A new publication from Aidspan reviews a published academic study on the factors influencing the performance of Global Fund-supported tuberculosis (TB) grants. The review was written for Aidspan by Dr David McCoy.
The aim of the reviewed study, which was conducted by Itamar Katz and several other employees of the Global Fund, was to examine the association between various grant and country-related characteristics and the "performance" of TB grants (where performance was measured in terms of the percentage attainment of the targets that were set for a list of nine major TB output indicators).
The study found that grants were reaching, on average, 89% of the targets that had been set for the main TB output indicators. However, the performance scores changed over time, averaging about 60% in the first 15 months; increasing to about 95% in the period leading up the Phase 2 evaluation; and then stabilising until near the end of the grant, when performance results began to exceed targets.
Using regression analyses, the study identified a number of country and grant-related characteristics that were significantly associated with the performance score of the studied grants.
Such a study is potentially useful in helping the Global Fund identify the factors that influence grant performance. However, in his review, McCoy argues that the study did not evaluate the performance of TB programmes. Rather, it evaluated target-achievement, which does not necessarily indicate good performance "because the targets that were set may have been too low; conversely, the under-achievement of targets may not indicate poor performance" if those targets were ambitious. McCoy also discusses the limitations that may have arisen as a result of the study using a methodology that measures performance through a single composite score.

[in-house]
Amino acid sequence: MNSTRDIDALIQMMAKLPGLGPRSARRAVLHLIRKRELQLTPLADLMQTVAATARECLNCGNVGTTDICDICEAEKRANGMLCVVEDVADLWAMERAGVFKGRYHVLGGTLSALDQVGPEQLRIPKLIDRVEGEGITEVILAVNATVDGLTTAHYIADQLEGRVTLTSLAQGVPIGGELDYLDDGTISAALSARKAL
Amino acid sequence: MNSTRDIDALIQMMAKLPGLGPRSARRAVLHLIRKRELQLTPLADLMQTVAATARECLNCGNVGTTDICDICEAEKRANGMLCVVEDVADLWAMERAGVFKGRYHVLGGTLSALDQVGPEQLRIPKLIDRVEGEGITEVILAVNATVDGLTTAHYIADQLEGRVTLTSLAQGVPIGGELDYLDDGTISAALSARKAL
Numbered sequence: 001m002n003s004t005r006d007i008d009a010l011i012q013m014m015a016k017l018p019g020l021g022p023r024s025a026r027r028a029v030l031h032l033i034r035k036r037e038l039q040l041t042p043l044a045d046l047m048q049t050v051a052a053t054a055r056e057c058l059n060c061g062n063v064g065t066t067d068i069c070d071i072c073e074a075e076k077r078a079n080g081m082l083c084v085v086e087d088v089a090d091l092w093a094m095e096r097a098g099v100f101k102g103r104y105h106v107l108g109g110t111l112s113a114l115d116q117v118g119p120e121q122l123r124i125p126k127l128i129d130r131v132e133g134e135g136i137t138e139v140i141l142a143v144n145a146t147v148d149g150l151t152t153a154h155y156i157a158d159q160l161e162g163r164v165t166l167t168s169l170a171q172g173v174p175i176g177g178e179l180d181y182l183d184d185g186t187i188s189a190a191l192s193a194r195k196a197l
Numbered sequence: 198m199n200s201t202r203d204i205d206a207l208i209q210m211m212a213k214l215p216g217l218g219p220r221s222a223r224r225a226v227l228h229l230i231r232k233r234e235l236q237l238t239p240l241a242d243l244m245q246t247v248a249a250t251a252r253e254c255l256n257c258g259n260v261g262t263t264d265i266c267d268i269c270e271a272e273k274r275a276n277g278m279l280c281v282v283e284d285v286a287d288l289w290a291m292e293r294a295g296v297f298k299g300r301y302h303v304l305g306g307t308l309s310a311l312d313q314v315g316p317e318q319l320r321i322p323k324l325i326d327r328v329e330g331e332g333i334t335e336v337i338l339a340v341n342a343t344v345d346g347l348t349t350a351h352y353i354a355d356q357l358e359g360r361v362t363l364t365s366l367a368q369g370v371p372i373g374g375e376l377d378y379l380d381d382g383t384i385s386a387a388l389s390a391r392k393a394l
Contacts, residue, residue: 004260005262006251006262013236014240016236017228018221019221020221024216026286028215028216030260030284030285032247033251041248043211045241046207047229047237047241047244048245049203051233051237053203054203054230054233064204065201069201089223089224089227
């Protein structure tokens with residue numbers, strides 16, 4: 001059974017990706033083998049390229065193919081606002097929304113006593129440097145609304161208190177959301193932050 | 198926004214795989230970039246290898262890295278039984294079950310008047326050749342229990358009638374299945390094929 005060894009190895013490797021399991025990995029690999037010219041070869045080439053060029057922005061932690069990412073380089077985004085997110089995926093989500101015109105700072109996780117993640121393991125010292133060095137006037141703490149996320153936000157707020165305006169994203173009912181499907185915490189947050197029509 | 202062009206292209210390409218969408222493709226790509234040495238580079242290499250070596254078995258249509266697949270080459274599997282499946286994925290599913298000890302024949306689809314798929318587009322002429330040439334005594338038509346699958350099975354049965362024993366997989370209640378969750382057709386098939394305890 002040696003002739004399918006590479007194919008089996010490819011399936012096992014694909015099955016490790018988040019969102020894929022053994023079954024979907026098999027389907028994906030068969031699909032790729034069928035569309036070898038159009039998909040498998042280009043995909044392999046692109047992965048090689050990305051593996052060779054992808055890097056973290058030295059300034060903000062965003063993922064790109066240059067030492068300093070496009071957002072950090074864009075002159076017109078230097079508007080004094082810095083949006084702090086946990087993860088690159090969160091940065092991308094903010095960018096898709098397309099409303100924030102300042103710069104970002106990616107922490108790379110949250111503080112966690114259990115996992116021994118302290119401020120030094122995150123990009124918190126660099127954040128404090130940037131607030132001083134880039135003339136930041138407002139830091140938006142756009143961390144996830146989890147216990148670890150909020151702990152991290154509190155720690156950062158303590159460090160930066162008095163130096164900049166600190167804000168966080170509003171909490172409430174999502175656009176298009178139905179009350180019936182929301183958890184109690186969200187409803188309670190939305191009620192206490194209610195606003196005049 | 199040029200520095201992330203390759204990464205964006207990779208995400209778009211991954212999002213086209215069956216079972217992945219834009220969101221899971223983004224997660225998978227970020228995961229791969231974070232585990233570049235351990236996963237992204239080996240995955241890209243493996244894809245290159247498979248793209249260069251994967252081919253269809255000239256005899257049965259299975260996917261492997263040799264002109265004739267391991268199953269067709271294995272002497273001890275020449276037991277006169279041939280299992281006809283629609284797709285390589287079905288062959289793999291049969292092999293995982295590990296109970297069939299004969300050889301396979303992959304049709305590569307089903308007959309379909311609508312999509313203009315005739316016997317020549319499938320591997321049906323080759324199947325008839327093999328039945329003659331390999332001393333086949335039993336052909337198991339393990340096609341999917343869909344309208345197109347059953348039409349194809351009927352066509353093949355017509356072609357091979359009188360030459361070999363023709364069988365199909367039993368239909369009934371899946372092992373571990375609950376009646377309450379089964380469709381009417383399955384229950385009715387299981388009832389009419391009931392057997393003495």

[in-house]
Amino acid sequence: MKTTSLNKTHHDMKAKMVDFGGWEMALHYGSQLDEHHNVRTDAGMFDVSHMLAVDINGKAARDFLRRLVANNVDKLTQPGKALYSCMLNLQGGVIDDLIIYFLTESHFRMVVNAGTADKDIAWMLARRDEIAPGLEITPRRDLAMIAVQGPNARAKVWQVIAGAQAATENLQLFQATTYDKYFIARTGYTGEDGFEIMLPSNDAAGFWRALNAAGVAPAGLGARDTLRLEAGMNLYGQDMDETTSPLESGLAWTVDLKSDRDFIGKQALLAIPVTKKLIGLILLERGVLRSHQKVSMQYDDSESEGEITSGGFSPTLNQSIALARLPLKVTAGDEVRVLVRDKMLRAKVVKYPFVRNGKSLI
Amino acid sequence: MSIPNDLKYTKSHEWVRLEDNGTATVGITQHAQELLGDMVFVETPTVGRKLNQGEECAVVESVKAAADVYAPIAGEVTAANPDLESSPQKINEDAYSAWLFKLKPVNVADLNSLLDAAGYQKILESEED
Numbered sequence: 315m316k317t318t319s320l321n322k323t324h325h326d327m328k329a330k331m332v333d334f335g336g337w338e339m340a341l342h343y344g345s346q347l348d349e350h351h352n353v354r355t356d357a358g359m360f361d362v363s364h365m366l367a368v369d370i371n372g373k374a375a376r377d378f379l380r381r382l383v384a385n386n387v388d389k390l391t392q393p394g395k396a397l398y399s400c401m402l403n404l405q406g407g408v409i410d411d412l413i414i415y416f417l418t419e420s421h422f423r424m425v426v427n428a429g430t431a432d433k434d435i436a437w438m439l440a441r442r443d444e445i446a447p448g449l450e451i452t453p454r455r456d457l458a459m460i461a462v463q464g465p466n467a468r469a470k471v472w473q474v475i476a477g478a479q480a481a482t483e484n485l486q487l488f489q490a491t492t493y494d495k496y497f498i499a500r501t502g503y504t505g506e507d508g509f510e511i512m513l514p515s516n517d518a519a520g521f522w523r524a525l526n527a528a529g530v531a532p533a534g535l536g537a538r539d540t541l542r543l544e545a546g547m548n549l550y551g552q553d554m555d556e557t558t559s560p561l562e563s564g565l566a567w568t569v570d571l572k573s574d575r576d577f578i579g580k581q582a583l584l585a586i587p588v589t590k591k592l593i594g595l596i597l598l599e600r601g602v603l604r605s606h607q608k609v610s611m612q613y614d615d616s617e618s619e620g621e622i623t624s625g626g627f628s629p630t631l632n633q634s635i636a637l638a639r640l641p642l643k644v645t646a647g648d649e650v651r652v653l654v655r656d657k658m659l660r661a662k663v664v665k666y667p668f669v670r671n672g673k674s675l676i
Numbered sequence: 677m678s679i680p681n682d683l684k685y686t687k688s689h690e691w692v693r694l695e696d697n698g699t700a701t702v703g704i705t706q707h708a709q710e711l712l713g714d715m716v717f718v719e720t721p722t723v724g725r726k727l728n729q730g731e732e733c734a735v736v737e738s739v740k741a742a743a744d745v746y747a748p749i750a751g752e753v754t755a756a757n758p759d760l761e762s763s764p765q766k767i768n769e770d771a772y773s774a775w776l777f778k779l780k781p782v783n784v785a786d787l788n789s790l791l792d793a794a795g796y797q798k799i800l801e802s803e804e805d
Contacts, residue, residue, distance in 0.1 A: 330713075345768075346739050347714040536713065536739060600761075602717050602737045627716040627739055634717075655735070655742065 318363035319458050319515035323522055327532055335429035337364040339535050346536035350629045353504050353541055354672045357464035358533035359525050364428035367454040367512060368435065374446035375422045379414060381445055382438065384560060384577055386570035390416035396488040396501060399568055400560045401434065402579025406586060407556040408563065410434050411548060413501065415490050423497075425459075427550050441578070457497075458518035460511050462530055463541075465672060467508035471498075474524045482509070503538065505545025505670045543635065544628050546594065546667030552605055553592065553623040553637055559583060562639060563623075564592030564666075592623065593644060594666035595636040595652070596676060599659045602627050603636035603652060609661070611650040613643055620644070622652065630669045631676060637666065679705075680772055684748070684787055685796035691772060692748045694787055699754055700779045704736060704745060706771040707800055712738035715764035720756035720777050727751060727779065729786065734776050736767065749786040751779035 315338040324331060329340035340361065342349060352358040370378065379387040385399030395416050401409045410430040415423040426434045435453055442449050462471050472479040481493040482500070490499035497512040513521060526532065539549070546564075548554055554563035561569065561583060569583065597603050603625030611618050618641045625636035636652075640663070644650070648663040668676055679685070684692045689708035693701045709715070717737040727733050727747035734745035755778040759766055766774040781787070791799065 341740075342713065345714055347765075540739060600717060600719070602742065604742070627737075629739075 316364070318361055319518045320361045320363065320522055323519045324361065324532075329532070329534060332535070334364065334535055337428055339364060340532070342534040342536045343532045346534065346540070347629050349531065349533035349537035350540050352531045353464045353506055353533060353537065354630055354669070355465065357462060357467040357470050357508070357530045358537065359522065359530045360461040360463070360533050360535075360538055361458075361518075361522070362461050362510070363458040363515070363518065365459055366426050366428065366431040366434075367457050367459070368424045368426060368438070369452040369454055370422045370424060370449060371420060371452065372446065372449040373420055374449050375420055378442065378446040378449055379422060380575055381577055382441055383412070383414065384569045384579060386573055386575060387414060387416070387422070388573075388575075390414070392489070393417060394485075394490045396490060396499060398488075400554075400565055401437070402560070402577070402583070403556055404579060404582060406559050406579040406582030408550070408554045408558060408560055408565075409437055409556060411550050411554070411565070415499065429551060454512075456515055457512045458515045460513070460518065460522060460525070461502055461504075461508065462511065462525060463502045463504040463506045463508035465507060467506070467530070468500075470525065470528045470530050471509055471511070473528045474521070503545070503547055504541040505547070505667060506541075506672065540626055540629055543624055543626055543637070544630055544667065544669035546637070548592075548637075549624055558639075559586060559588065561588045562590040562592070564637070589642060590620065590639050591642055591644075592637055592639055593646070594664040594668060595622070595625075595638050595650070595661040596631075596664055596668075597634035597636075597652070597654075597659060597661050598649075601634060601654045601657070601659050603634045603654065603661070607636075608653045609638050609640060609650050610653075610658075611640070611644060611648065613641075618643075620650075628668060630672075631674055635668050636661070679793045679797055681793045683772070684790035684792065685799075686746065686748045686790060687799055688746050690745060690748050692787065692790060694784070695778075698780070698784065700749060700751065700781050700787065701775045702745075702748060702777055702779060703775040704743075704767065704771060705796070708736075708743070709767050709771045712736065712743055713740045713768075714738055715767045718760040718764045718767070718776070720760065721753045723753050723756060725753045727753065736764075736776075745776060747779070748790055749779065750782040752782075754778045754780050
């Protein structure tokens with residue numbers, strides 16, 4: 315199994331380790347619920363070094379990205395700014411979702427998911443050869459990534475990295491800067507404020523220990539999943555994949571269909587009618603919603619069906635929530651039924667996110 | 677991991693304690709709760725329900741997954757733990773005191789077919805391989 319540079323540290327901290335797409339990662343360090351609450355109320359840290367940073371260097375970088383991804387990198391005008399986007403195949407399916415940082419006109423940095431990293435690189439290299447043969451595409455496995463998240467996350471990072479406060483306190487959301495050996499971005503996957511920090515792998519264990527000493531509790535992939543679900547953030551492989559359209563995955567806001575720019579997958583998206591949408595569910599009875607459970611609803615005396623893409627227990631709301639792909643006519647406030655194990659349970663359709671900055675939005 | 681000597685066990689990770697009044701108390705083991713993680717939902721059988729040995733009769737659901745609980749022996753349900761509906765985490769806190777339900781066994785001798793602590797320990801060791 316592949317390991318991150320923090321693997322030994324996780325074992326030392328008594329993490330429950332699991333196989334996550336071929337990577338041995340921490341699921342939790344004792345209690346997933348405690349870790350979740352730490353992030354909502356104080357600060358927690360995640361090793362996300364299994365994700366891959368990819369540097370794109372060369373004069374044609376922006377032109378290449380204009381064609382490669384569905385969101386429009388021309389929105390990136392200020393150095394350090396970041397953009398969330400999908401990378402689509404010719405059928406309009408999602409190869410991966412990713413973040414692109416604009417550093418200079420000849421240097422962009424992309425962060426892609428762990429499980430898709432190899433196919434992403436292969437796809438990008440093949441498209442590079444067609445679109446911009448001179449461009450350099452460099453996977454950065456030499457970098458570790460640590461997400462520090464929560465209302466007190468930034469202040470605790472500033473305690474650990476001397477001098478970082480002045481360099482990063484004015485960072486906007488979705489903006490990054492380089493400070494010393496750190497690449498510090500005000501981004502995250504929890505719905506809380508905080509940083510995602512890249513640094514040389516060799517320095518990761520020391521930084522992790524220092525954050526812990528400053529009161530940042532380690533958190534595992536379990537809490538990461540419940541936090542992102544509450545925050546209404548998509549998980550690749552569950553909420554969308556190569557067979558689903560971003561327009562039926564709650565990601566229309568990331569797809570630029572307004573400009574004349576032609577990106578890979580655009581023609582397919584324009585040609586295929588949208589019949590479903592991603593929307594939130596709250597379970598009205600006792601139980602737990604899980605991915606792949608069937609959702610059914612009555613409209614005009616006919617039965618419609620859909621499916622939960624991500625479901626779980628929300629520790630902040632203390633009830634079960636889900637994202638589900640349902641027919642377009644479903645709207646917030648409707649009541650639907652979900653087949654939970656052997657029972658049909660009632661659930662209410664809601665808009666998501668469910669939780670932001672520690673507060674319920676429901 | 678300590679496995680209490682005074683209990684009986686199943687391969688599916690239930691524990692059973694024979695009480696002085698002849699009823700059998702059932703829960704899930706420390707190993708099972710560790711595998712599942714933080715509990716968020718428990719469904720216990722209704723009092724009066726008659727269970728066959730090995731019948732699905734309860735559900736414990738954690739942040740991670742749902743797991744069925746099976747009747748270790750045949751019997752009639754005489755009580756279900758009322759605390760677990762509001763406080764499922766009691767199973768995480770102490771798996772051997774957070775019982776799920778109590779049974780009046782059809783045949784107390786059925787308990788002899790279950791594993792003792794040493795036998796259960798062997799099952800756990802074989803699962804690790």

The Global Fund is, in many ways, leading the international health community in measuring and improving grant performance and should be commended for this, says McCoy. However, McCoy adds that "grant performance measurement is devilishly difficult" and that "more work is required to develop the methodology and enhance the validity of performance ratings and scores." This is discussed further by McCoy in his review.
McCoy adds that more work is also needed to improve the setting of targets. "For the Global Fund to be an effective performance-based funding agency, it must be able to be confident that targets have been set appropriately. But at present, it does not seem as though the Global Fund is adequately confident of the appropriateness of the targets set in their final grant agreements," McCoy said.
For those interested in Global Fund TB grant performance, McCoy's review provides an opportunity to learn about this important study and to think about the on-going challenges of target-setting and performance measurement.
"Aidspan Review of a Study by I. Katz et al on Factors Influencing Performance of Global Fund-Supported TB Grants" is available on the Aidspan website here.